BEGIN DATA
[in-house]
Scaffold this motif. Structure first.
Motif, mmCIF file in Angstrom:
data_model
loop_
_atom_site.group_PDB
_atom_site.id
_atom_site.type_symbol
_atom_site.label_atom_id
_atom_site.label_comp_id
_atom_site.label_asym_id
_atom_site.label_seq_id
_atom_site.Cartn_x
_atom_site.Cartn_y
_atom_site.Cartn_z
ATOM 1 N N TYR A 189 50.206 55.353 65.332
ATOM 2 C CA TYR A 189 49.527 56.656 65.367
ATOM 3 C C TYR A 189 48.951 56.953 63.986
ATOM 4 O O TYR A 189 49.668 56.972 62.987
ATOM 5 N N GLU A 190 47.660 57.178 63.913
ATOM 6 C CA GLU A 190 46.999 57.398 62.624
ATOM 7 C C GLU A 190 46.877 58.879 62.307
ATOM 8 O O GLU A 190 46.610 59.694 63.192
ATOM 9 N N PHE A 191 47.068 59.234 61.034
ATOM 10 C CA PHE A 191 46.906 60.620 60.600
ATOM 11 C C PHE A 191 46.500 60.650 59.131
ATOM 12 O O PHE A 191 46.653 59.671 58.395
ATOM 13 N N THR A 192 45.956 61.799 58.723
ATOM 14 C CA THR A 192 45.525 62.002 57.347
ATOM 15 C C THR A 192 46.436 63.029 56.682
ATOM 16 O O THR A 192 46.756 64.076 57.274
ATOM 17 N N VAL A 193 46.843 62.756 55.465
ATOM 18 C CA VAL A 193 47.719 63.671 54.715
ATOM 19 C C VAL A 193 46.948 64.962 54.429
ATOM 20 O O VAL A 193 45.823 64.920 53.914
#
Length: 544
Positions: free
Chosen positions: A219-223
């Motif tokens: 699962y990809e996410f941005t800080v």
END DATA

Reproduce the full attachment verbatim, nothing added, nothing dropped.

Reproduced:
[in-house]
Scaffold this motif. Structure first.
Motif, mmCIF file in Angstrom:
data_model
loop_
_atom_site.group_PDB
_atom_site.id
_atom_site.type_symbol
_atom_site.label_atom_id
_atom_site.label_comp_id
_atom_site.label_asym_id
_atom_site.label_seq_id
_atom_site.Cartn_x
_atom_site.Cartn_y
_atom_site.Cartn_z
ATOM 1 N N TYR A 189 50.206 55.353 65.332
ATOM 2 C CA TYR A 189 49.527 56.656 65.367
ATOM 3 C C TYR A 189 48.951 56.953 63.986
ATOM 4 O O TYR A 189 49.668 56.972 62.987
ATOM 5 N N GLU A 190 47.660 57.178 63.913
ATOM 6 C CA GLU A 190 46.999 57.398 62.624
ATOM 7 C C GLU A 190 46.877 58.879 62.307
ATOM 8 O O GLU A 190 46.610 59.694 63.192
ATOM 9 N N PHE A 191 47.068 59.234 61.034
ATOM 10 C CA PHE A 191 46.906 60.620 60.600
ATOM 11 C C PHE A 191 46.500 60.650 59.131
ATOM 12 O O PHE A 191 46.653 59.671 58.395
ATOM 13 N N THR A 192 45.956 61.799 58.723
ATOM 14 C CA THR A 192 45.525 62.002 57.347
ATOM 15 C C THR A 192 46.436 63.029 56.682
ATOM 16 O O THR A 192 46.756 64.076 57.274
ATOM 17 N N VAL A 193 46.843 62.756 55.465
ATOM 18 C CA VAL A 193 47.719 63.671 54.715
ATOM 19 C C VAL A 193 46.948 64.962 54.429
ATOM 20 O O VAL A 193 45.823 64.920 53.914
#
Length: 544
Positions: free
Chosen positions: A219-223
């Motif tokens: 699962y990809e996410f941005t800080v």